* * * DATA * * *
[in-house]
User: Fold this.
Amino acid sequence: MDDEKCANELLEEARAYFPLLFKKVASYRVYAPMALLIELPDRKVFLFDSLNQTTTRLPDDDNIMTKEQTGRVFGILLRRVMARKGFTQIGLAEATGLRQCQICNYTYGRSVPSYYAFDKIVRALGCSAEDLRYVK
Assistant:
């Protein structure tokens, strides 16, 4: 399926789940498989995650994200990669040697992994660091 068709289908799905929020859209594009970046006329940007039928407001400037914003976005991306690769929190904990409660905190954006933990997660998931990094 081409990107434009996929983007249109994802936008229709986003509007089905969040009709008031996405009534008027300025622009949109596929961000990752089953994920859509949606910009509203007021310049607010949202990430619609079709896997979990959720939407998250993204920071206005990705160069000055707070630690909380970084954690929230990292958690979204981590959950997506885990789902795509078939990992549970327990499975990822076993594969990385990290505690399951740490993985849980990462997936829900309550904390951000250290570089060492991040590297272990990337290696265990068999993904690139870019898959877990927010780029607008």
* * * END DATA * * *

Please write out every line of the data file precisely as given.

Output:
[in-house]
User: Fold this.
Amino acid sequence: MDDEKCANELLEEARAYFPLLFKKVASYRVYAPMALLIELPDRKVFLFDSLNQTTTRLPDDDNIMTKEQTGRVFGILLRRVMARKGFTQIGLAEATGLRQCQICNYTYGRSVPSYYAFDKIVRALGCSAEDLRYVK
Assistant:
């Protein structure tokens, strides 16, 4: 399926789940498989995650994200990669040697992994660091 068709289908799905929020859209594009970046006329940007039928407001400037914003976005991306690769929190904990409660905190954006933990997660998931990094 081409990107434009996929983007249109994802936008229709986003509007089905969040009709008031996405009534008027300025622009949109596929961000990752089953994920859509949606910009509203007021310049607010949202990430619609079709896997979990959720939407998250993204920071206005990705160069000055707070630690909380970084954690929230990292958690979204981590959950997506885990789902795509078939990992549970327990499975990822076993594969990385990290505690399951740490993985849980990462997936829900309550904390951000250290570089060492991040590297272990990337290696265990068999993904690139870019898959877990927010780029607008």